During the TICD project, we developed a tailored intervention programme by following sequential steps, in order to enhance the quality of CVRM care. First, targets for improvement were determined by analysing clinical guidelines [2, 3] and clinical audit data. Selected targets were systolic blood pressure (SBP) <140 mmHg in patients with established CVD or at high cardiovascular risk; low density lipoprotein (LDL) cholesterol <2.5 mmol/l in patients with established CVD or at high cardiovascular risk; promote lifestyle changes for patients with established CVD or at high cardiovascular risk; create a risk profile for patients with chronic kidney disease. Subsequently, interviews were held with healthcare professionals and patients whereby 139 plausibly important determinants of practice were identified. We selected 11 determinants based on importance and changeability. During group interviews, stakeholders and patients suggested 181 strategies for implementation to influence the selected determinants; these strategies were used for developing the tailored intervention programme considering feasibility and potential impact, see Fig. 1. The intervention programme consisted of the following components: (1) A mandatory feedback training on motivational interviewing for practice nurses to enhance their motivational interviewing skills and to address the determinants of drafting feasible targets for the patients, giving patients good advice and thereby to improve patients’ motivation for a better lifestyle. (2) A new educational web programme (CVRM) was offered to enhance practice nurses’ knowledge about CVRM, and subsequently the determinants of giving patients good advice and improve their self-management. (3) We formulated the recommendation to categorise the patients in three groups based on the presence of depressive symptoms and tailor care accordingly, because patients without, with mild or with severe depressive symptoms benefit from a different approach . The Patients’ Health Questionnaire (PHQ-9) is an instrument for screening, diagnosing, monitoring and measuring the severity of depression, which we offered as supportive material . (4) Patients without depressive symptoms were provided with an information card containing an option to write down personal target values for blood pressure and LDL cholesterol. E-health options were also written down on this information card, namely ‘thuisarts.nl’ and ‘hartenvaatgroep.nl’, as well as Twitter consultation options. Practice nurses were asked to explain the information on the card. The E-health options offered addressed the following determinants: to enhance patients’ self-management by using E-health, to improve patients’ adoption and implementation of lifestyle advice and to enhance patients’ compliance. (5) The recommendation was to refer patients with mild depressive symptoms to a physical exercise group. This could be an exercise group led by a physical therapist or ‘Nederland in beweging’ (‘the Netherlands on the move’), a Dutch television programme. Physical exercise has a beneficial effect on CVD and on depressive symptoms, but we also intended to influence the determinant ‘more attention for patients’ compliance’. For patients with severe depressive symptoms, we advised the practice nurse to refer these patients to their GP, practice nurse mental health or psychologist, as appropriate within the general practice. Severe depressive symptoms negatively influence patients’ compliance ; for that reason, we recommended reducing depressive symptoms before starting with lifestyle advice. Practice nurses in the control group were asked to provide their usual care.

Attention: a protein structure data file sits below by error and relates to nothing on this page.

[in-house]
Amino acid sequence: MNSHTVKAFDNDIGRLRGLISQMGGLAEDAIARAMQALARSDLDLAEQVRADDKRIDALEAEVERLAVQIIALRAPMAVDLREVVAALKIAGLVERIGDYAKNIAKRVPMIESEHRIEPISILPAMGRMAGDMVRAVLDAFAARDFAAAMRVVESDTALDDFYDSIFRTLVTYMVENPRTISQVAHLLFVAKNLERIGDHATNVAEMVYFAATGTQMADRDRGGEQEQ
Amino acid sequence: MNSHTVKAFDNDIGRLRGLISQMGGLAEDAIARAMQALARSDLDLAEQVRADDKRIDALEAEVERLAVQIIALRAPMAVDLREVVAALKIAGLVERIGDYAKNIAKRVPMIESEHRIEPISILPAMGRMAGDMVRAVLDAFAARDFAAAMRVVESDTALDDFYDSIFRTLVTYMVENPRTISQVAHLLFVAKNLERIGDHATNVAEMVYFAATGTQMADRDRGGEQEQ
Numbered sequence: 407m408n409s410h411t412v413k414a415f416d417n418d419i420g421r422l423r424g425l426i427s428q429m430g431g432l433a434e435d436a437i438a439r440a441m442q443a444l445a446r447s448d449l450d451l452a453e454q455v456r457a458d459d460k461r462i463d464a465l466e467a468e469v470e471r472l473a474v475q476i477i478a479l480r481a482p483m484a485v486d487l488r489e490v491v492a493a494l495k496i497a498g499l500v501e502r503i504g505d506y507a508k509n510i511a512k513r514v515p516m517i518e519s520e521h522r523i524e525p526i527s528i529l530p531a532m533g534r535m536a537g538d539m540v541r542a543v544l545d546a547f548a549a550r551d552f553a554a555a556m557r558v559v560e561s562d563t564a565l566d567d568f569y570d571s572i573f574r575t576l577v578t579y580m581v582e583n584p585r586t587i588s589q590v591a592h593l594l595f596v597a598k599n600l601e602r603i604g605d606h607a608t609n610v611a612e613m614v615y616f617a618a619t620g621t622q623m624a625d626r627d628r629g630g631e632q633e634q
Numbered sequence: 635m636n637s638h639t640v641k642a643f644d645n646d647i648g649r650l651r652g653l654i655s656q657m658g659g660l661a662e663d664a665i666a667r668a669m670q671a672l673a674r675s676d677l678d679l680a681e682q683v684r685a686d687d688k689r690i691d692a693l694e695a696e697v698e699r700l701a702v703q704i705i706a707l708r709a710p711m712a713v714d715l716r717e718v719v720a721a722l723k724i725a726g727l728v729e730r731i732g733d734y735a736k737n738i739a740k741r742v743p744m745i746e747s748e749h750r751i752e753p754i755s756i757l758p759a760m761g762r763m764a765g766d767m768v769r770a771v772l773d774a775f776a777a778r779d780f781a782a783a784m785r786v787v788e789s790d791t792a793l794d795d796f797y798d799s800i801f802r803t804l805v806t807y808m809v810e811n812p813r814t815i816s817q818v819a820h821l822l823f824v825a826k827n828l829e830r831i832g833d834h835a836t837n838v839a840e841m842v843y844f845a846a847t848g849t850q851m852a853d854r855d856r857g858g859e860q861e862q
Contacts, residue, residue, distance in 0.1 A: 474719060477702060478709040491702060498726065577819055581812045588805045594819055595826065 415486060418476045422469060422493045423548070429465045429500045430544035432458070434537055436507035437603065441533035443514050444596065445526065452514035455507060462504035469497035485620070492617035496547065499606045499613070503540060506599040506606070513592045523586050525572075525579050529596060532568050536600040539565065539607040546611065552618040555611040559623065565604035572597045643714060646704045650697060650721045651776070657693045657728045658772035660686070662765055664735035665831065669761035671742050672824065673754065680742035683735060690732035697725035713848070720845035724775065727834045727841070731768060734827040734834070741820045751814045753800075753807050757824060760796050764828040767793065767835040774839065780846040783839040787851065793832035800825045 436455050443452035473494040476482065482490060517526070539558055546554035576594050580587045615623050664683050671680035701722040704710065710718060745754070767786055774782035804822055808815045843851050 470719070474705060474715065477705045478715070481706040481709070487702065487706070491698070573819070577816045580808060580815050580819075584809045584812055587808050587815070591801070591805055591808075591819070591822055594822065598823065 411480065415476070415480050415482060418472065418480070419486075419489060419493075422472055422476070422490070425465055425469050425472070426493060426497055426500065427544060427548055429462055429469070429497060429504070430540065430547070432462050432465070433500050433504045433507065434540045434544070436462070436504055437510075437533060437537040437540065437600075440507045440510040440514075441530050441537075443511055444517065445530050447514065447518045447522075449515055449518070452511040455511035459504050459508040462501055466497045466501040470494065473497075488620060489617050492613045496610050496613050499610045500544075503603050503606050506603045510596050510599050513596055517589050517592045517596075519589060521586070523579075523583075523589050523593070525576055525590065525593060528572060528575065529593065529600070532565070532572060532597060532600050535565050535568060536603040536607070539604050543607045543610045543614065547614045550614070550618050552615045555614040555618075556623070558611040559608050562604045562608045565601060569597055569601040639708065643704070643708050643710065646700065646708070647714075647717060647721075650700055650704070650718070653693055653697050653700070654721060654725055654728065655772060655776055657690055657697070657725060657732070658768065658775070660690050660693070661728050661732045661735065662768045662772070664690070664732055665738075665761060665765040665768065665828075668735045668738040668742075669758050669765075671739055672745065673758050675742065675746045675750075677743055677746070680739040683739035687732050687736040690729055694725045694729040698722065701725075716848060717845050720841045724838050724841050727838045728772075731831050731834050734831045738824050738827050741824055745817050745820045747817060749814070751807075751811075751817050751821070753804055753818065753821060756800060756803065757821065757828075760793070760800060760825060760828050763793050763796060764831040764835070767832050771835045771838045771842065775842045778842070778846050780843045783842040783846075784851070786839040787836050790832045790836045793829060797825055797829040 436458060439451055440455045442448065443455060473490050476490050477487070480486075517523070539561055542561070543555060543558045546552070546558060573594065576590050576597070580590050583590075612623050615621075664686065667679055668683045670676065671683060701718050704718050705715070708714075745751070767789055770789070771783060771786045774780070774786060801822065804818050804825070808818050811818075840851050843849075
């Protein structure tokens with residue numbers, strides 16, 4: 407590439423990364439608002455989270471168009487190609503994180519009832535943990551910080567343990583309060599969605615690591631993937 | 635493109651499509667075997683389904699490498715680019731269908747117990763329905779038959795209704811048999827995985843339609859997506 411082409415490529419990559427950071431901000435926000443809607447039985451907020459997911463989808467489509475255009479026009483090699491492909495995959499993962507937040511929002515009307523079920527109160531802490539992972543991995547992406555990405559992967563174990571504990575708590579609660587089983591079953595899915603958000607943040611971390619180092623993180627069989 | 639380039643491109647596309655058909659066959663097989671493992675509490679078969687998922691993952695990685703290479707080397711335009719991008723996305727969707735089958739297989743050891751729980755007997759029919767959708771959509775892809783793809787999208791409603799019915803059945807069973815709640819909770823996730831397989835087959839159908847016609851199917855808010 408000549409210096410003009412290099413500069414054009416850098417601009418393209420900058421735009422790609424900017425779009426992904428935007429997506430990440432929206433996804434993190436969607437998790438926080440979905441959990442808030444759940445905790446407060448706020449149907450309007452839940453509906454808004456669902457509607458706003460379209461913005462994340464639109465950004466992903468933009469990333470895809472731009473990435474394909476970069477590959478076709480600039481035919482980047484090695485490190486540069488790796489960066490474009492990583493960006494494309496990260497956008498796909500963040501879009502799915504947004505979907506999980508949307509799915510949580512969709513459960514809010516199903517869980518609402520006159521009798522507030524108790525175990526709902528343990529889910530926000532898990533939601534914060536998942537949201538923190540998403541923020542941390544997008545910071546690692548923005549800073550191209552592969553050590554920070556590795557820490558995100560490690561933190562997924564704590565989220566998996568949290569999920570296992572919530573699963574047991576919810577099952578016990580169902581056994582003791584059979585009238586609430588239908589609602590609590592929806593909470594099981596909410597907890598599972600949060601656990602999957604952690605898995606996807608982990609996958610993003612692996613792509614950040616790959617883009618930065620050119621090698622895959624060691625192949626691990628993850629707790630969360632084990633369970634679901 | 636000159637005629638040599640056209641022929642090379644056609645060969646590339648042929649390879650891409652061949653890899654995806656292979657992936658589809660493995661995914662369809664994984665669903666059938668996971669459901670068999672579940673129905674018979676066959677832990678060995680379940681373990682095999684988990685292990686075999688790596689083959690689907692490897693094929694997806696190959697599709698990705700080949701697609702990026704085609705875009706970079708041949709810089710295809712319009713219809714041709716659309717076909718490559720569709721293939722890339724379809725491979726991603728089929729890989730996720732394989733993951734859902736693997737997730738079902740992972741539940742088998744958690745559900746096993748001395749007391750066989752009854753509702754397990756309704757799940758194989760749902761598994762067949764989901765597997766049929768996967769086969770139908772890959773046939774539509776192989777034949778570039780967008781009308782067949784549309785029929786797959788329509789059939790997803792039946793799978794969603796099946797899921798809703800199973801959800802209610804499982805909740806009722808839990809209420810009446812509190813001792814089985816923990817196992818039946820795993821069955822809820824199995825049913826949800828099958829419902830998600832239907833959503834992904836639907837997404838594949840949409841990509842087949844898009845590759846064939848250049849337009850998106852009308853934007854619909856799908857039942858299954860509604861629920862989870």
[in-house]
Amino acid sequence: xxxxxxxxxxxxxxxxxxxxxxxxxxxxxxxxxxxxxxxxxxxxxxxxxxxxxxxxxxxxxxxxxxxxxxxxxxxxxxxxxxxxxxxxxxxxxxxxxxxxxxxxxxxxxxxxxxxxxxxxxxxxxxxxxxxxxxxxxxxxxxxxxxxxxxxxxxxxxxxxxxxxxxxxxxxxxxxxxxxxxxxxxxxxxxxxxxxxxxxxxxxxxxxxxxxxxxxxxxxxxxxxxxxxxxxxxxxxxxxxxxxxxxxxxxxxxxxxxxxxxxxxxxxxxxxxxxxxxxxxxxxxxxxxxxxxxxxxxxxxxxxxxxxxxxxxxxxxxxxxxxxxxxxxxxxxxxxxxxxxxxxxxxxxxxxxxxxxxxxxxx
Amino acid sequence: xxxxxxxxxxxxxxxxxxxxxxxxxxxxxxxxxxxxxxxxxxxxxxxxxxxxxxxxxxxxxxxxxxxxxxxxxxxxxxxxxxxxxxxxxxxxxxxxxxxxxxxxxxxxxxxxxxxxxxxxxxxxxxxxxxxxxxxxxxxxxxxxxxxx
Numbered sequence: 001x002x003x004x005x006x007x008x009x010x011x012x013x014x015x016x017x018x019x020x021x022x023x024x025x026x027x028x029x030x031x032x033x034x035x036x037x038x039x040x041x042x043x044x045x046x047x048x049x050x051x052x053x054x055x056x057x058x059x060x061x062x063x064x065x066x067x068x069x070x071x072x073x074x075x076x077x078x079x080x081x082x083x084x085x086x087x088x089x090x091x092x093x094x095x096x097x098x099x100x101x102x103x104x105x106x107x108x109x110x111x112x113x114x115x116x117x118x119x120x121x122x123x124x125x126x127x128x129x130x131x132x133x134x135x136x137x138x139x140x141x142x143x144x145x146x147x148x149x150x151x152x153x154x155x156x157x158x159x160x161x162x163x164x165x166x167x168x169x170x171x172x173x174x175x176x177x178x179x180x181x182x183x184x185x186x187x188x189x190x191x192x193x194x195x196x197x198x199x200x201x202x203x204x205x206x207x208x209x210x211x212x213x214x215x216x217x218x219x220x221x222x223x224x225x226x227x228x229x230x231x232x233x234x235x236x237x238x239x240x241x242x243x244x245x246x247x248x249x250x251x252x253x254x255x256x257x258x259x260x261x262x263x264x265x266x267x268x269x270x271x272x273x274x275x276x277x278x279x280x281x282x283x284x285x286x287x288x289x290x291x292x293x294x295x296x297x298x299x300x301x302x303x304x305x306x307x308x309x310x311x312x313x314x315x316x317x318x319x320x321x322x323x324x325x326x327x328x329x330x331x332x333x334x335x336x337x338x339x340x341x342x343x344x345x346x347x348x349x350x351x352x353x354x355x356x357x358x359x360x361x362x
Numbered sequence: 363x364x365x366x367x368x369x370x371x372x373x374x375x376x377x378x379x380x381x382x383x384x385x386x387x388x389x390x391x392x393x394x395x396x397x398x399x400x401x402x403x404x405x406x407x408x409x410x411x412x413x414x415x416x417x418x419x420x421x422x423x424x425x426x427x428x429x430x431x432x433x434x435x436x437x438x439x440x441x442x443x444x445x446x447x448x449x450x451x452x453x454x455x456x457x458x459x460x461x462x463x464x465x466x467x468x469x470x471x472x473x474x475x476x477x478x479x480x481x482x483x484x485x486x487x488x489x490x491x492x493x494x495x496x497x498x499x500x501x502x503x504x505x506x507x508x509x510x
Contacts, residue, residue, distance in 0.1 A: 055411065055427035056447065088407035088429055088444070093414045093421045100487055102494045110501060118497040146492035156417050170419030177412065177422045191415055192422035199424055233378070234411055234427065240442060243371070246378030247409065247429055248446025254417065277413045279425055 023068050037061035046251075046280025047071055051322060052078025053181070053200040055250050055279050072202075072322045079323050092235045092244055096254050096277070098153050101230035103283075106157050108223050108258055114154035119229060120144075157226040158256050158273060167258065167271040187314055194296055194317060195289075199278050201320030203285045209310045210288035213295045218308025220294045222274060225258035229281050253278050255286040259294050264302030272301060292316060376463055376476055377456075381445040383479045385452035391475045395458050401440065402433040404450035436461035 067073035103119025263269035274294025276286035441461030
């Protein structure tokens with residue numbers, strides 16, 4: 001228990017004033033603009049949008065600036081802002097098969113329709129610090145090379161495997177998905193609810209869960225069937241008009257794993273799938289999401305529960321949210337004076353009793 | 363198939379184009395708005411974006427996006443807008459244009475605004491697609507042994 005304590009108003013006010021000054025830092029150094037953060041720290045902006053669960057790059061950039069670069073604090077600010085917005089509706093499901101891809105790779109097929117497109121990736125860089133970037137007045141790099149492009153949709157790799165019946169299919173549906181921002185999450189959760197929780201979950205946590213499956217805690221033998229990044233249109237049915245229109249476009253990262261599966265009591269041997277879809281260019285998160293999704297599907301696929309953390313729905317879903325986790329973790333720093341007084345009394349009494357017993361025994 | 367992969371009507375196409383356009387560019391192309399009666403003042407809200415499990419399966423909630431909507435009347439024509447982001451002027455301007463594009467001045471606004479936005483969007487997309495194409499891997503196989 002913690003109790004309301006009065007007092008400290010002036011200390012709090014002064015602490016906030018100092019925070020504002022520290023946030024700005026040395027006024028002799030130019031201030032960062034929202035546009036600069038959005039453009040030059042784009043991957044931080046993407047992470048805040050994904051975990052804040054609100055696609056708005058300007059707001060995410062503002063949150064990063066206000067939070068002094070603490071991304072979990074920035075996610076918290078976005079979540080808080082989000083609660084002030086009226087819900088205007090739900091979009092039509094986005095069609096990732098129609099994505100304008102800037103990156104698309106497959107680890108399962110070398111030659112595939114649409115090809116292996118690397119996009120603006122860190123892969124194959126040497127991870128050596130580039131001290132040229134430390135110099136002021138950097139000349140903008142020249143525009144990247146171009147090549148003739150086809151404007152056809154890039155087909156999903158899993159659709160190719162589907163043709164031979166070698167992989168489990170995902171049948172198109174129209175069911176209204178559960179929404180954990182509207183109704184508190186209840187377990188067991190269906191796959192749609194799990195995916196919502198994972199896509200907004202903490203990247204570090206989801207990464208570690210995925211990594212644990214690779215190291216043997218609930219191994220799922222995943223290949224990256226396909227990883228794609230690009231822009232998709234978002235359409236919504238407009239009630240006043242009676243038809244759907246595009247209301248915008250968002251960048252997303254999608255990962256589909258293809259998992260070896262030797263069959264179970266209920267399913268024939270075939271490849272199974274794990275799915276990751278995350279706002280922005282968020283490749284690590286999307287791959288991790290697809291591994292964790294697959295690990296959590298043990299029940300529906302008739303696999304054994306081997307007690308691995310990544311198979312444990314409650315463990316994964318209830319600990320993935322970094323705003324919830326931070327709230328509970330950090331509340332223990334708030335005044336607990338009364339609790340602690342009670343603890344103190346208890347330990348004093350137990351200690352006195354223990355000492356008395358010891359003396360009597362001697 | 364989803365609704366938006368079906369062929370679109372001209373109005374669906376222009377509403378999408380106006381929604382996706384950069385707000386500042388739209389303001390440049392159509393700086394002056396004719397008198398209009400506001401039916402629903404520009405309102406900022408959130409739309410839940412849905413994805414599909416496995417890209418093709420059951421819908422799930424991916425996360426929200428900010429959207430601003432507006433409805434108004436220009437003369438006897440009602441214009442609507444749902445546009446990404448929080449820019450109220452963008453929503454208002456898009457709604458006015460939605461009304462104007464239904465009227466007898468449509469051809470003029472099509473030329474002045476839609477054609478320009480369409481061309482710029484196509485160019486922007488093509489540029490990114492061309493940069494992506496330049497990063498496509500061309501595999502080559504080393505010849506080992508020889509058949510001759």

Following a published framework , we introduced the intervention programme as follows: three members of the TICD project individually visited each participating general practice, which lasted in general 1 h, to instruct practice nurses. They used a standardised script in order to ensure that the intervention programme was clear and that the practice nurses were motivated. Further contacts were related to practical aspects of the feedback training motivational interviewing, the web programme and the handing in of audio-taped patient consultations.